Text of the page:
Lysosomal storage disorders (LSD) are a group of inherited metabolic diseases characterized by lysosomal enzyme deficiency. The cardiac phenotype includes cardiomyopathy with eventual heart failure. Lysosome-mediated degradation processes, such as autophagy, maintain cellular homeostasis by discarding cellular debris and damaged organelles. Under stress, the transcription factor EB (TFEB) moves into the nucleus to activate transcription of lysosome biogenesis and autophagic proteins. In this issue of the JCI, Ikeda et al. report on their exploration of the signaling pathway involved with regulating lysosomal proteins specifically in the heart. The researchers generated a mouse model for LSD that was restricted to cardiac tissue. Unexpectedly, modulation of TFEB alone was insufficient to fully rescue the underlying clearance defect in lysosomal-associated disorders. The authors identified the Yes-associated protein (YAP)/TFEB signaling pathway as a key regulator of autophagosomes. These findings suggest that undigested autophagosomes accumulate and result in the cell death and cardiac dysfunction observed with LSD.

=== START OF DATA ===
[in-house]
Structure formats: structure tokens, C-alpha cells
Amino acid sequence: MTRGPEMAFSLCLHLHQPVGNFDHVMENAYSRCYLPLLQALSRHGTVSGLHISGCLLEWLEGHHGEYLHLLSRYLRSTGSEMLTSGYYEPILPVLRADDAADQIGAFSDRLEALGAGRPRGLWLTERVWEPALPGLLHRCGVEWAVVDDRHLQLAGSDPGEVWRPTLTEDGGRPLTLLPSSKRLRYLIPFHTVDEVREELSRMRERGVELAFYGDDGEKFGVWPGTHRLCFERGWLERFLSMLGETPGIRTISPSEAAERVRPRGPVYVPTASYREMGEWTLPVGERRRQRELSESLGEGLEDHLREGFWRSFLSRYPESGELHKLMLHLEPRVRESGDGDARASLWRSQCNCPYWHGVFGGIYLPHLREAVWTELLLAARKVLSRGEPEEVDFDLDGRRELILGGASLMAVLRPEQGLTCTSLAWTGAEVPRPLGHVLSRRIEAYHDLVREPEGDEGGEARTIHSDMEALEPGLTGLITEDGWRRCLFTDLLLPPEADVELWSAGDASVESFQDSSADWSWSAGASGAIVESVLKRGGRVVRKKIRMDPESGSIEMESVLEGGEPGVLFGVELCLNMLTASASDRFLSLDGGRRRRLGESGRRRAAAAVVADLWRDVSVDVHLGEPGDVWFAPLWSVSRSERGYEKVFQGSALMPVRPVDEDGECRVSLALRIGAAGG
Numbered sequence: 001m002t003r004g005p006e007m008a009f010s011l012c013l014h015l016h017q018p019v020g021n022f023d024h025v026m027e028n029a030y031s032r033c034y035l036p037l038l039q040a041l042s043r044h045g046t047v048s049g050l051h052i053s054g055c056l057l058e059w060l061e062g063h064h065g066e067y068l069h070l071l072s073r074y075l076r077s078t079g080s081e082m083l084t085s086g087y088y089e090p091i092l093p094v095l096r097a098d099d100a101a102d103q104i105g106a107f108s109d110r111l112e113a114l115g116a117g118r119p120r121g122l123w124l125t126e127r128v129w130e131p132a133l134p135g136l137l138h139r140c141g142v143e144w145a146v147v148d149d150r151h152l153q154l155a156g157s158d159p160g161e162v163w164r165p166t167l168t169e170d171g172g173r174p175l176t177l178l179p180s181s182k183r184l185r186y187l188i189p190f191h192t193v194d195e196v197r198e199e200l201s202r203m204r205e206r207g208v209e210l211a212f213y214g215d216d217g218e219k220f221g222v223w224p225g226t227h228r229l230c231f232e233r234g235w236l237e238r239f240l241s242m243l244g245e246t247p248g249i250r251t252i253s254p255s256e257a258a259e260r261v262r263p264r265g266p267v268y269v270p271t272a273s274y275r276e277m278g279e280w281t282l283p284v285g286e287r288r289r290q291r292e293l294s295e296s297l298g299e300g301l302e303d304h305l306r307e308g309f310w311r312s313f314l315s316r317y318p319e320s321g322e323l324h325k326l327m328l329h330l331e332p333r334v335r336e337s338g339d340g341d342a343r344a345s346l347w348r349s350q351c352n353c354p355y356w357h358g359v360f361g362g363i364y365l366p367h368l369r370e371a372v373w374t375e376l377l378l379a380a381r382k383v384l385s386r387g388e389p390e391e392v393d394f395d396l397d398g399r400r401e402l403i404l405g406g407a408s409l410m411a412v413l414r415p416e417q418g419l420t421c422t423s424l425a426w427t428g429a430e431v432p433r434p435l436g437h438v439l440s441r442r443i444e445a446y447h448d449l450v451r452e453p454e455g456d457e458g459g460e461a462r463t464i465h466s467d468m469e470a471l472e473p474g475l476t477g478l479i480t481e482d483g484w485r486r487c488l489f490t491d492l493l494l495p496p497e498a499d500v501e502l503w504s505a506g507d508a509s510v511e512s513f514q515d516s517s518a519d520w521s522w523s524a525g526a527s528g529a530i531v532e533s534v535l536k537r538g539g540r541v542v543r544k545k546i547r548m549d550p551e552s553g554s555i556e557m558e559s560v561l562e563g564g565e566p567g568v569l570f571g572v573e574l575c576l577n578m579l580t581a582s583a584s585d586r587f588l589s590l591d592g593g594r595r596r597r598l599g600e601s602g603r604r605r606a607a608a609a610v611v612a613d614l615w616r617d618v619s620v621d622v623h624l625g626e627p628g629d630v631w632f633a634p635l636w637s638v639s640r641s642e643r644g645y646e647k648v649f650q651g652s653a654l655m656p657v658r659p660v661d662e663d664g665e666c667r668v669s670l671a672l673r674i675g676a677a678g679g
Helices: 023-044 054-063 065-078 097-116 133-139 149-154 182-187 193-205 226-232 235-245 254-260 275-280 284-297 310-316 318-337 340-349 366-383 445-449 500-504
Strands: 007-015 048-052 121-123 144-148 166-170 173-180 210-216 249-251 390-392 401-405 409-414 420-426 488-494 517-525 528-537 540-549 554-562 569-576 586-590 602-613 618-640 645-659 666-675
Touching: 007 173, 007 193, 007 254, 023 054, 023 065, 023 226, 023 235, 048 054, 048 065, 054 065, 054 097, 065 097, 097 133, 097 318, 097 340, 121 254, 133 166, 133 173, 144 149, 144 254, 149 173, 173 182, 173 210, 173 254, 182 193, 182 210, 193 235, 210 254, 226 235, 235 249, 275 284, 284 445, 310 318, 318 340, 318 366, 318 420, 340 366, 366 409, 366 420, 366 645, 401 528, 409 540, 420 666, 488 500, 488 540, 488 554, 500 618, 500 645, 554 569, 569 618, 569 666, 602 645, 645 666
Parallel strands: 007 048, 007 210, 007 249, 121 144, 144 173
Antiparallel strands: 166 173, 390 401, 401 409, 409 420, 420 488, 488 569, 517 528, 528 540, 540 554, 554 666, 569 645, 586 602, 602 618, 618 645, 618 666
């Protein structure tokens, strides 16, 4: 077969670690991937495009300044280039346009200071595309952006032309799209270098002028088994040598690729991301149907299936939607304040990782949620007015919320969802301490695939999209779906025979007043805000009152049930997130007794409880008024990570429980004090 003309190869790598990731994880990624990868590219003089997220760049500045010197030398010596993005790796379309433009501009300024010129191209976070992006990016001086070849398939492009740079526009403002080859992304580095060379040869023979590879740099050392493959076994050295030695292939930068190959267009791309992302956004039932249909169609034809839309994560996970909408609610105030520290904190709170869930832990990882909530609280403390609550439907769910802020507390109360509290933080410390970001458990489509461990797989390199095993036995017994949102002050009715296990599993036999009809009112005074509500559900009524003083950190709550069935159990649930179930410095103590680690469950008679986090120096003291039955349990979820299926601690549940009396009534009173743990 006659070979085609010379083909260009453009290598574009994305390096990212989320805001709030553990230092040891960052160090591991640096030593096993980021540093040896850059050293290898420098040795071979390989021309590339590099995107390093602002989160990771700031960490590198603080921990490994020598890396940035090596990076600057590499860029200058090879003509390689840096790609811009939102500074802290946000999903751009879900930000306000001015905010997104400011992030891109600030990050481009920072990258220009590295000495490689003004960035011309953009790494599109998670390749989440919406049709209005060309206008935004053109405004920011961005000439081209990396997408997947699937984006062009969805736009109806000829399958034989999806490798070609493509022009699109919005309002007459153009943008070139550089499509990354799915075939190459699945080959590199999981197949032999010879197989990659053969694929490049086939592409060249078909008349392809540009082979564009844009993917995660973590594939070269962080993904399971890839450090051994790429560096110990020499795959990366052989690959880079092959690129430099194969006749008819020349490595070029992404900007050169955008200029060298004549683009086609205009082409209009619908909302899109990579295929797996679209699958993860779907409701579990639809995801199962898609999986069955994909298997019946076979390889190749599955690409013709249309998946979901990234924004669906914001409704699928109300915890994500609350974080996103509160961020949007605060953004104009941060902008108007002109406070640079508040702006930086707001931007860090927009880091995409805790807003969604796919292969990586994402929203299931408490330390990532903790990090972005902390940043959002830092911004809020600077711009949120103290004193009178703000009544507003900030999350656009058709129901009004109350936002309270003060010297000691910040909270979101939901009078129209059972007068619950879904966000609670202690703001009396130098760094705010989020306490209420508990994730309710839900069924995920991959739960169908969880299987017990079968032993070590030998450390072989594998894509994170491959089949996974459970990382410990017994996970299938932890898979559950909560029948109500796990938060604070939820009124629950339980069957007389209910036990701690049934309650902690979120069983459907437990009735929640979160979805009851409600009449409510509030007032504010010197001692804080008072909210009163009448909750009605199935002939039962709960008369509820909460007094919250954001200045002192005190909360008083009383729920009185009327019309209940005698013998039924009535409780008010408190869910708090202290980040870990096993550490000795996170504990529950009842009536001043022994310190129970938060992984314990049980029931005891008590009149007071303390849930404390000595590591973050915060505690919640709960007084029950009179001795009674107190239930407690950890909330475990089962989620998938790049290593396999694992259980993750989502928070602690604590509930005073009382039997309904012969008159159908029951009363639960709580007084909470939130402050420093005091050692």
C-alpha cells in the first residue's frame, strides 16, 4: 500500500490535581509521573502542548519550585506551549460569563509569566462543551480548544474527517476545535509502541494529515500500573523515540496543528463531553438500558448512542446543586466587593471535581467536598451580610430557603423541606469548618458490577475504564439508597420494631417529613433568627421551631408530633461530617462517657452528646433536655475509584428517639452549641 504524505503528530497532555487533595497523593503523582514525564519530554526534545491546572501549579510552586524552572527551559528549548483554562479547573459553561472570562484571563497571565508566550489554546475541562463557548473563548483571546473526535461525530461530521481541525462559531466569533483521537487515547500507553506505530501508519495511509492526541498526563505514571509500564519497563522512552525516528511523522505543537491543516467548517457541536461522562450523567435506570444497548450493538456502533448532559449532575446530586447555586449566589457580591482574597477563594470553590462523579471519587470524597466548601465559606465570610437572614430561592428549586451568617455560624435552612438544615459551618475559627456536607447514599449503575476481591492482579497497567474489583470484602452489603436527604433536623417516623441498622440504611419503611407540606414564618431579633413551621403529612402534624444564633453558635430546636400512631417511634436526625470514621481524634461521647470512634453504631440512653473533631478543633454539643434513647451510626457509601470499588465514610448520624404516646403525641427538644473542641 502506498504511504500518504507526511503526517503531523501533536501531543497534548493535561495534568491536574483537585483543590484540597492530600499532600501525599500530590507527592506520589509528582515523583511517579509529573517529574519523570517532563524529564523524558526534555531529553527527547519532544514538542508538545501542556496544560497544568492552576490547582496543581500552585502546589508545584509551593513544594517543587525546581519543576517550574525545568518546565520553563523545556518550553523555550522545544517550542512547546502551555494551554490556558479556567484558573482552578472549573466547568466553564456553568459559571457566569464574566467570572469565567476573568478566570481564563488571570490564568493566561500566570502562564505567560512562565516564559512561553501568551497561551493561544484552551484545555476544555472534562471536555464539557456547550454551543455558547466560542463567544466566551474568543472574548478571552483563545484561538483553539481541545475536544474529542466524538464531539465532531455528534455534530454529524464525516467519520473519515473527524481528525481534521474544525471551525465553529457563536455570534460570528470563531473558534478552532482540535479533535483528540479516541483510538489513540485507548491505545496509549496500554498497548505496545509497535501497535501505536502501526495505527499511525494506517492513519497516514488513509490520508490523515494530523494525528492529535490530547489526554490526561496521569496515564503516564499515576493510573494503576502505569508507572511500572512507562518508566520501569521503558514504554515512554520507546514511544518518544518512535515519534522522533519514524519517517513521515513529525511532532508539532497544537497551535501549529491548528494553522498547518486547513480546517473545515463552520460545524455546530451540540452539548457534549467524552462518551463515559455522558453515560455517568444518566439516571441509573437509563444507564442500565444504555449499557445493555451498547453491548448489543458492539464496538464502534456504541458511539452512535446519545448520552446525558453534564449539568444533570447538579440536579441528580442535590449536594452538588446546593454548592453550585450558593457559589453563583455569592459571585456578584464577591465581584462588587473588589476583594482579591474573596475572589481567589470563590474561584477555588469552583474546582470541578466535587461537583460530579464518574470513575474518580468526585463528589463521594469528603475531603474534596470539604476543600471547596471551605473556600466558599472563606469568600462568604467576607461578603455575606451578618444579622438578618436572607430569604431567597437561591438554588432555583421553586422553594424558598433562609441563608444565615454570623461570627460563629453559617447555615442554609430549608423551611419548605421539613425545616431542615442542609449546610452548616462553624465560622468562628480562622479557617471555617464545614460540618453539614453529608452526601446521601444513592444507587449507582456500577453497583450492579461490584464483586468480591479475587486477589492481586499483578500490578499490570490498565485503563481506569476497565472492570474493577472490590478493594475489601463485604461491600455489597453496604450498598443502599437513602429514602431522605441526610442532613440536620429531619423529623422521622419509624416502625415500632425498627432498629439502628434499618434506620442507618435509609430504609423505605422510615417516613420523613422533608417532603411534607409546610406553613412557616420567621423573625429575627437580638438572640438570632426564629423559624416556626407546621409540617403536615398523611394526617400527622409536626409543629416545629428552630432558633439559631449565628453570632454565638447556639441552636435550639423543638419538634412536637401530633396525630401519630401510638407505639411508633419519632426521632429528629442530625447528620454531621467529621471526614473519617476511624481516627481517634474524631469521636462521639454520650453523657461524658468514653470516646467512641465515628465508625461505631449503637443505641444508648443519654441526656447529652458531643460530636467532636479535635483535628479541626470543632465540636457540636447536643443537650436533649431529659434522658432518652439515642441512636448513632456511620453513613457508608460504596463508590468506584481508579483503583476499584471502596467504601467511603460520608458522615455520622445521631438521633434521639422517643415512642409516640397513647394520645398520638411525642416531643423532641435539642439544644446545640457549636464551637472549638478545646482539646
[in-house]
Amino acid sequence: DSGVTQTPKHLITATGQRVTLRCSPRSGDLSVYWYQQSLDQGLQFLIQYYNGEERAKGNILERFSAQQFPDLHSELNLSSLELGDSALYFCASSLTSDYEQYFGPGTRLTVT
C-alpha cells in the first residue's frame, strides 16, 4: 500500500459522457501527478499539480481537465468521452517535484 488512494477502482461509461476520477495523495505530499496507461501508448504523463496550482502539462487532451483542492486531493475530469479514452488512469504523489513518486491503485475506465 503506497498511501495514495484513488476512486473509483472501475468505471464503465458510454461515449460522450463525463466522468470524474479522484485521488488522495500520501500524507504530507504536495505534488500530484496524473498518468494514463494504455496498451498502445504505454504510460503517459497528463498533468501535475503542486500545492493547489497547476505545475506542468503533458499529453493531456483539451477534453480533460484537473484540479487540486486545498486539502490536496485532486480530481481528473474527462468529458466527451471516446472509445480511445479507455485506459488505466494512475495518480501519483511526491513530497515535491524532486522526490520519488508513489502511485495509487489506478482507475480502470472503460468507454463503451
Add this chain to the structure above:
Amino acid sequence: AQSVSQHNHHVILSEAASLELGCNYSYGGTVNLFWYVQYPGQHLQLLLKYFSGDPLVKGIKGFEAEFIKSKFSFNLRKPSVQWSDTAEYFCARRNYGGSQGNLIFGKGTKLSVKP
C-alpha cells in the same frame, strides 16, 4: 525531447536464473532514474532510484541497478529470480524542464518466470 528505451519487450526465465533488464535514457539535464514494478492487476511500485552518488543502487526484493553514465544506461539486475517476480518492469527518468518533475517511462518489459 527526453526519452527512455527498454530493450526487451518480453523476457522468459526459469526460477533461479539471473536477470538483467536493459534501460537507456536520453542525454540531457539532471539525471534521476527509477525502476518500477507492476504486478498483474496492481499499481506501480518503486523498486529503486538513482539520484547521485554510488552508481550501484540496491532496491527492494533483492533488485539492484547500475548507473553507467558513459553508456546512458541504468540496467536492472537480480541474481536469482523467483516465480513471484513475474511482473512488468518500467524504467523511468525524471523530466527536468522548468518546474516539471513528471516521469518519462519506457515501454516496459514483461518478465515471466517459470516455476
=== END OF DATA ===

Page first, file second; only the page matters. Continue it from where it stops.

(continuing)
Inna Rabinovich-Nikitin, Lorrie A. Kirshenbaum
Model for autophagy and lysosomal degradation in the regulation of LSD.